It is important to note that all knowledge, not just TEK, is situated in a cultural context (Haraway 1988). One source of power in Western science is its perceived lack of cultural context, i.e. science is portrayed as a universal means of accessing truth (Nader 1996). While Western scientists might be able to see the cultural context of TEK, they are less likely to see the cultural context of their own knowledge (Forsyth 2003). Greater attention to the knowledge context might facilitate a wider acceptance of the diverse ways of knowing.
| Towards Constructive Engagement|| |
In this essay, we have outlined the ways that the issues of politicisation and power, ethics, and situated knowledge pose challenges for TEK researchers. We have also argued that these challenges are heightened in a conservation context, where the 'end use' of TEK research may negatively impact TEK holders. This conservation context makes engagements between conservationoriented TEK researchers and indigenous peoples and communities additionally complex. Nevertheless, the potential benefits of these engagements for both conservation and TEK holders encourage us to explore productive means of dealing with this complexity. Potential benefits include many things, such as learning from TEK holders, bringing together multiple environmental and cultural perspectives, and partnering with TEK to fill in the gaps in our understanding of ecosystems. In order to assist in the realisation of such benefits, we offer suggestions towards facilitating constructive engagements. We stop short of providing a recipe, or list of 'best practices' for TEK research, as each indigenous community will be unique, and we believe many of the 'rules' for TEK research should be set by the knowledge holders themselves.
Establish Protocols for TEK Research
Protocols for TEK research, designed in advance and with active participation of TEK holders, can provide a formal mechanism for addressing some of the challenges outlined in this paper. They outline the 'rules' for conducting research in particular communities, and can clarify researcher responsibilities as well as expectations of the researched. Issues associated with data ownership, for example, can be addressed explicitly. Many indigenous communities and research institutes working with indigenous people have or are in the process of developing such protocols (e.g. Desert Knowledge Cooperative Research Centre, Protocol for research with aboriginal peoples, http://www. desertknowledge.com.au/file_store/4B7406E1-80AD-72DE-1BE435DD2FC EF5DD.pdf; Principles for the Conduct of Research in the Arctic, . Some protocols set standards for researcher-community communications, e.g. that 'results should be explained in non-technical terms and, where feasible, should be communicated by means of study materials that can be used by local teachers or displays that can be shown in local community centres or museums' (Social Science Task Force of the U.S. Interagency Arctic Research Policy Committee. Principles for the Conduct of Research in the Arctic). Protocols advise how a researcher should behave in terms of respect and adherence to local language, custom and values. Giving back to local communities is also a common principle addressed, e.g. by providing research training for young people in the community. Where such protocols exist, a TEK researcher's job is made easier. However, we suggest researchers treat existing protocols as a starting point from which they then actively engage in a discussion of what additional concerns might arise in the specific context of their own project.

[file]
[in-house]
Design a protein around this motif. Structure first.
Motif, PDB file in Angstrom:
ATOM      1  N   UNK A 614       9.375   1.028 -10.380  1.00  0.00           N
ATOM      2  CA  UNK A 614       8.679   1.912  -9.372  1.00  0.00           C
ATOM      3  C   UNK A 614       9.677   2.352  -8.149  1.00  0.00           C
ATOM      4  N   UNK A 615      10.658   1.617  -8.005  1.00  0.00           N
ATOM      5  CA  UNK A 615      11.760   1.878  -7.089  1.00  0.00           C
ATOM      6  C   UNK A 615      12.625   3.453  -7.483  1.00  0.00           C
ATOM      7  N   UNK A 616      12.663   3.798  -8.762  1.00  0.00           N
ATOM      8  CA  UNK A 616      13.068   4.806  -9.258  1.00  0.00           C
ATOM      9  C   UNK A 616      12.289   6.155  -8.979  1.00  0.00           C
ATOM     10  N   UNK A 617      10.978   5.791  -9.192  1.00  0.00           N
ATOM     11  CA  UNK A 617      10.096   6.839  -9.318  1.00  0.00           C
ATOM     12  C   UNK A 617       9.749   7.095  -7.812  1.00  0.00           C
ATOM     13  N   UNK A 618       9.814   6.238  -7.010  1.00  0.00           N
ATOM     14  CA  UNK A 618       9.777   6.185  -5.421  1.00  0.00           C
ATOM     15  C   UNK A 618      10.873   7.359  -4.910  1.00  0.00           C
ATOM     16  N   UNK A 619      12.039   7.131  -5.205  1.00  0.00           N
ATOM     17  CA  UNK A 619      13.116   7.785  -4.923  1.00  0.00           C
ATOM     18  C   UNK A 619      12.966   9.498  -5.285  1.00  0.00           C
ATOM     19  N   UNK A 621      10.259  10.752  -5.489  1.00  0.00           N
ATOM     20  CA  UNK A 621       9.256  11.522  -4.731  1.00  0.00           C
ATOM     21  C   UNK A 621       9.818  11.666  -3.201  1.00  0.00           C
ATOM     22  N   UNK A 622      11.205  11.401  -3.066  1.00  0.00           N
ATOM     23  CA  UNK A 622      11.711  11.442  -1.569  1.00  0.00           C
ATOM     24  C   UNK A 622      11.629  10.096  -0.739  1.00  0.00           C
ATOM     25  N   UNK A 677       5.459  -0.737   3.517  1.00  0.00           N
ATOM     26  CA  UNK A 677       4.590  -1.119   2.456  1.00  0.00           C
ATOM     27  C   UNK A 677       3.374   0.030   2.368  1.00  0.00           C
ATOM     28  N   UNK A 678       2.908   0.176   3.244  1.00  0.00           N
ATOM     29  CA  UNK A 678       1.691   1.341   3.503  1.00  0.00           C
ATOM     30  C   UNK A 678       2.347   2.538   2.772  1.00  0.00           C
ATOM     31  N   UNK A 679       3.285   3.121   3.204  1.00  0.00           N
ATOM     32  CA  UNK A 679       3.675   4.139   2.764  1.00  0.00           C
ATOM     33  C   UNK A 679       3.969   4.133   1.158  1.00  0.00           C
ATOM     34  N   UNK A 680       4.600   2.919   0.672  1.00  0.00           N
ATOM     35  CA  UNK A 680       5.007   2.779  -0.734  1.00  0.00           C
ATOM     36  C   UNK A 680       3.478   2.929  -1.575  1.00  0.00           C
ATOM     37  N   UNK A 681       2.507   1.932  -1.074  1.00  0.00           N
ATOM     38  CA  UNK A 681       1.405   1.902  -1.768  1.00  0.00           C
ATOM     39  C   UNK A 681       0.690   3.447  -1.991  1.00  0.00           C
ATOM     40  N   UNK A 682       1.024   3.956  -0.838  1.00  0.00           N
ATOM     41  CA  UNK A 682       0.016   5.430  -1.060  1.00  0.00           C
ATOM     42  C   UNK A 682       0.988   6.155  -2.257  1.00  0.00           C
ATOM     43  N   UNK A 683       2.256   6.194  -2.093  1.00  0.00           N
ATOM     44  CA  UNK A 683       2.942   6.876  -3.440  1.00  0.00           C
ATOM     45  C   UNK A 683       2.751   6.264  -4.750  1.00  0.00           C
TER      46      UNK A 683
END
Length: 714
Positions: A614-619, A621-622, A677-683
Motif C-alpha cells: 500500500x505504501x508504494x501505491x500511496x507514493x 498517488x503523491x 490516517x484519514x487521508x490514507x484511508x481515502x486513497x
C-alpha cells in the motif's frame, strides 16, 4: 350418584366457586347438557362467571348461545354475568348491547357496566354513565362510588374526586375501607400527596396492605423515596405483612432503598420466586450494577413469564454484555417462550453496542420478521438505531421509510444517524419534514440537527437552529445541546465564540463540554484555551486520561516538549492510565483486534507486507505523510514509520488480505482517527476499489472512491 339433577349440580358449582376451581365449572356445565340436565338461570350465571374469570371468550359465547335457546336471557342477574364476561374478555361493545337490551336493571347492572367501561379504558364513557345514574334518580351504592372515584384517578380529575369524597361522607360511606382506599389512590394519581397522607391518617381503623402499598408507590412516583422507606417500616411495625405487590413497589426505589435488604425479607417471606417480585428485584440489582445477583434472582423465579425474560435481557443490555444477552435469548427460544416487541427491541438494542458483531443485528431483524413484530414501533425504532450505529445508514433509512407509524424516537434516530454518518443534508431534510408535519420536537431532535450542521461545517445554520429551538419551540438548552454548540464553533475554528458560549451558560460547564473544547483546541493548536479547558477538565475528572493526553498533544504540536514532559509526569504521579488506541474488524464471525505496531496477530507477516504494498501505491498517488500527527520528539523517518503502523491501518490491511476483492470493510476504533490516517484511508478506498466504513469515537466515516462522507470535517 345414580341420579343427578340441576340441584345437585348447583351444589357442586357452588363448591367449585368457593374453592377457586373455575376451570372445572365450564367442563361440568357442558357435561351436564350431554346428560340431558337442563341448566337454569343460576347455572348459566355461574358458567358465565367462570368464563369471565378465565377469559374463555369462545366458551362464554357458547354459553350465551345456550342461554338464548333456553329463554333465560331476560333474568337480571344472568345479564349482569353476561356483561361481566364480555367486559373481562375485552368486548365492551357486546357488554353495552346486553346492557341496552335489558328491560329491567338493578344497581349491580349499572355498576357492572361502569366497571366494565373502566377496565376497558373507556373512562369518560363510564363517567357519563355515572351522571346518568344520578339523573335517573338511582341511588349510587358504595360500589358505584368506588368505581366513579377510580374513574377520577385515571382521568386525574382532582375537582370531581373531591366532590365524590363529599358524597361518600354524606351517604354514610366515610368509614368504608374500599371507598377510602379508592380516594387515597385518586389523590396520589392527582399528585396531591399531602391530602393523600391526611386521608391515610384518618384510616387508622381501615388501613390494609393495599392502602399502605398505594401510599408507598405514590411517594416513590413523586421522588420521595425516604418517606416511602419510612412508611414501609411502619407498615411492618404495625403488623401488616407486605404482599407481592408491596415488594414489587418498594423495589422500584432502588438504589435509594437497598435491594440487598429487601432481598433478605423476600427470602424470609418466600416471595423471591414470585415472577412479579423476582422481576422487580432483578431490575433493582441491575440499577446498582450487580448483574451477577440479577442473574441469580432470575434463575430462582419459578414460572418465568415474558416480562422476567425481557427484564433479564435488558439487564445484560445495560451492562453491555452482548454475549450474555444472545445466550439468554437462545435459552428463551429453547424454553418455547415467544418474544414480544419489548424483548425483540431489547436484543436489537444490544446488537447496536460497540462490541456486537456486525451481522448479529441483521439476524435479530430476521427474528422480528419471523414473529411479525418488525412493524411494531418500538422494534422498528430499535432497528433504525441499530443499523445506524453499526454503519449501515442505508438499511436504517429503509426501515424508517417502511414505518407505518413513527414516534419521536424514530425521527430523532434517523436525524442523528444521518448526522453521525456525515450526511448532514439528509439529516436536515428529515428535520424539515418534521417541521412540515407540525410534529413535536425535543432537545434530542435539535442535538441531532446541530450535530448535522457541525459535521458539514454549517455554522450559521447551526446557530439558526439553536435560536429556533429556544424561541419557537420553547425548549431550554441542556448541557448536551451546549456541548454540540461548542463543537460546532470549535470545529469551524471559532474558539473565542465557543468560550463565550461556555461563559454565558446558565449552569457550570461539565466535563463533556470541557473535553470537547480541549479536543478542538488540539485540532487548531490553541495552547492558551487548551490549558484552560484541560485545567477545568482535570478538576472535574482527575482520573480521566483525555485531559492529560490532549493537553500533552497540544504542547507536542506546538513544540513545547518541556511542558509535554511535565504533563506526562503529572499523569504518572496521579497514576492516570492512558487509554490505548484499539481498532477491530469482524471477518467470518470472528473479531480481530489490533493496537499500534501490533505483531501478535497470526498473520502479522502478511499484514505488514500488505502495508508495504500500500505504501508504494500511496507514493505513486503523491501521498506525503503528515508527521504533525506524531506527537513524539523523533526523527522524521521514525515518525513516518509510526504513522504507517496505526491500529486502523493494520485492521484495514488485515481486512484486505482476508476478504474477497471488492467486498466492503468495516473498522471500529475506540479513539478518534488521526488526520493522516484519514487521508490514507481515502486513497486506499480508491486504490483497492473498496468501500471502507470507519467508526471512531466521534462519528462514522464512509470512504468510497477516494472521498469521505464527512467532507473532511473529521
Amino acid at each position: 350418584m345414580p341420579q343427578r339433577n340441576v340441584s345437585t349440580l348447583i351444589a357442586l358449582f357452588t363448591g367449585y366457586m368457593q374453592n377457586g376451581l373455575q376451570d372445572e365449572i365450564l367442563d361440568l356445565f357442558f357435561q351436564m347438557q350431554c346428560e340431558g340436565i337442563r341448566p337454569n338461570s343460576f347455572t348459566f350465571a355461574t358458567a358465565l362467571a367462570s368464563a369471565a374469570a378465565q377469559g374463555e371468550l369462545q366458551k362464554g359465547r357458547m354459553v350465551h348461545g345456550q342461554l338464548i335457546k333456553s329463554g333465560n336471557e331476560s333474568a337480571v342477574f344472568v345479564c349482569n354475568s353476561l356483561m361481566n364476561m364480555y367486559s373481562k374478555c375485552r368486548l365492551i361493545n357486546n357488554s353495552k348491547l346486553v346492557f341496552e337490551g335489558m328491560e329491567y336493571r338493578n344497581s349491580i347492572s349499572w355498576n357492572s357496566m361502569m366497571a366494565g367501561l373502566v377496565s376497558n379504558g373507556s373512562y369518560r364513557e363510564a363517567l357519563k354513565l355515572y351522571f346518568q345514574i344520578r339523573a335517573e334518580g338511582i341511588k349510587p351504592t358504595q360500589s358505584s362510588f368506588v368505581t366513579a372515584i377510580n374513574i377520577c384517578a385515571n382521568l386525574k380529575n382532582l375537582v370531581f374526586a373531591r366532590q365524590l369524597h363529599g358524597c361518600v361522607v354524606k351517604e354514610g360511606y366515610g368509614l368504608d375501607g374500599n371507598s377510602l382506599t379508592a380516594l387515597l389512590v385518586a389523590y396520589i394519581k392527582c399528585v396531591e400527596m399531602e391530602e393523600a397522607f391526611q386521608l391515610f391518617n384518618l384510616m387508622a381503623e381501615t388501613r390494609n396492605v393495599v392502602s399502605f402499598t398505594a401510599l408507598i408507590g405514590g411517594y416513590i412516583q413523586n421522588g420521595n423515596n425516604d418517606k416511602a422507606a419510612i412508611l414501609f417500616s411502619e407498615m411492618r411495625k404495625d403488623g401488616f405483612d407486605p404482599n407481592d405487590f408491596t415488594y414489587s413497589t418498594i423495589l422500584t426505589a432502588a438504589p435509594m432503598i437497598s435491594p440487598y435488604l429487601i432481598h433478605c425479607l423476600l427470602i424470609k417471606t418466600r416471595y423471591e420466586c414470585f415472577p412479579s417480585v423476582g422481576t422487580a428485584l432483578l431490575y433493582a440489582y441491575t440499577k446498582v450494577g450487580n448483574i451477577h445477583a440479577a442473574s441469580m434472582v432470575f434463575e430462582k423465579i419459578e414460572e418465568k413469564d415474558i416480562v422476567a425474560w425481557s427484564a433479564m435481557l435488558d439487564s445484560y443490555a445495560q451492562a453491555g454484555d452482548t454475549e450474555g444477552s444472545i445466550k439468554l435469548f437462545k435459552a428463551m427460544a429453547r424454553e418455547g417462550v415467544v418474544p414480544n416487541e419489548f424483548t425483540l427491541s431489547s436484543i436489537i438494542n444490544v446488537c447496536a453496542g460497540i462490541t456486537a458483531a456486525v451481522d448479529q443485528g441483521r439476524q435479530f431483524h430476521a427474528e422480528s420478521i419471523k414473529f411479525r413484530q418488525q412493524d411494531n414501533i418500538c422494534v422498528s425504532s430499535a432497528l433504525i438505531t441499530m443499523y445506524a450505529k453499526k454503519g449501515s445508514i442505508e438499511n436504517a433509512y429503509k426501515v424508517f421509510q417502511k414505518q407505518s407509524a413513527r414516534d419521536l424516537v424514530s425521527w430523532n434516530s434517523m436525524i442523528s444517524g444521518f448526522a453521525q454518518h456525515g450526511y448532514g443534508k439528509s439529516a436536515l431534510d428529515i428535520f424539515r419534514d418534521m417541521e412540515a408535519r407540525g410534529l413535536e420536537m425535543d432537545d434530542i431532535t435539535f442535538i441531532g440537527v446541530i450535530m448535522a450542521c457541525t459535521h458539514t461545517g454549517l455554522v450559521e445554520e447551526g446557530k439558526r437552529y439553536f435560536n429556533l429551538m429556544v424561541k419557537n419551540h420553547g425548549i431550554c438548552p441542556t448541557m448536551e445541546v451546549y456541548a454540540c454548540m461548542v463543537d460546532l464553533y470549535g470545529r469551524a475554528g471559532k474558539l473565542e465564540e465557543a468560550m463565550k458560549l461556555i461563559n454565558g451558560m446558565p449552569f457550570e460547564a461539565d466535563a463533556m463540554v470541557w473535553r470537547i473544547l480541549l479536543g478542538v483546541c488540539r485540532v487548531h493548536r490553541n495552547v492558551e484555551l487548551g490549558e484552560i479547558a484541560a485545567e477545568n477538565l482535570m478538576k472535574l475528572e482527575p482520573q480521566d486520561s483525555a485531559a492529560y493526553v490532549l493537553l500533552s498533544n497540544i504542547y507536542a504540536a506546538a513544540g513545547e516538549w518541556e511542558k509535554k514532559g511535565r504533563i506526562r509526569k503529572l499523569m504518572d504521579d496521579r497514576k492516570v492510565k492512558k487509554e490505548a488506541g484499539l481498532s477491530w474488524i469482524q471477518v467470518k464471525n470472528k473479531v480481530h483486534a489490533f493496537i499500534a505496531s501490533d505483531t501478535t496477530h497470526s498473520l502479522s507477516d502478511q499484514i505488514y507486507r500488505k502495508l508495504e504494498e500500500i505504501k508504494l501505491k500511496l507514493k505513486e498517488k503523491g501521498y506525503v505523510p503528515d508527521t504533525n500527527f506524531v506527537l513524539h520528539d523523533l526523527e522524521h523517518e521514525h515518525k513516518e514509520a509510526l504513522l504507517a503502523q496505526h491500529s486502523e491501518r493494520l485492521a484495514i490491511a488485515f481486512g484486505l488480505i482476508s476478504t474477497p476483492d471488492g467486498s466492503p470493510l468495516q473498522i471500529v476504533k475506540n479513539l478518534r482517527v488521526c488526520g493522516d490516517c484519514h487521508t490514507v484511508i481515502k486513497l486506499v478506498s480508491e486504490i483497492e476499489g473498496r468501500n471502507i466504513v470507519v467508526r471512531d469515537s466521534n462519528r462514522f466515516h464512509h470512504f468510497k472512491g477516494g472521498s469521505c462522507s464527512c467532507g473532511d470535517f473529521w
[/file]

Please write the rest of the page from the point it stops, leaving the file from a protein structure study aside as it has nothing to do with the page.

If protocols have not yet been developed, we encourage researchers to assist in developing them, at least in relation to their specific project. Given each indigenous community's unique context, and the specificity of research projects, there is no one-size-fits-all protocol for TEK research. However, protocol development can be informed by existing protocols in other communities, and by the general literature on cross-cultural research and research in indigenous communities. These provide valuable theoretical and practical 'how-to' lessons for contemporary TEK-based research (e.g. Mullings 1999; Tuhiwai-Smith 1999; Gibbs 2001; Miller & Glassner 2004). For example, Gibbs (2001) combines the practical and theoretical in describing how she entered into a Memorandum of Understanding with a Maori community that bound her to specific practices, including how she would interact with individuals and publish results with local collaborators as co-authors. In comanagement of Kaduku National Park between the Australian federal government and indigenous peoples, Robinson et al. (2005) utilised a range of cross-cultural methods developed with the indigenous Jawoyn community to engage their people in research, such as holding separate male and female gatherings at sites identified by the community, and working with key elders identified by the community. Caine et al.'s (n.d.) bibliography on conducting research with indigenous communities offers numerous relevant sources, both practical and theoretical, for potential TEK researchers to consult.
Consider Collaborative Research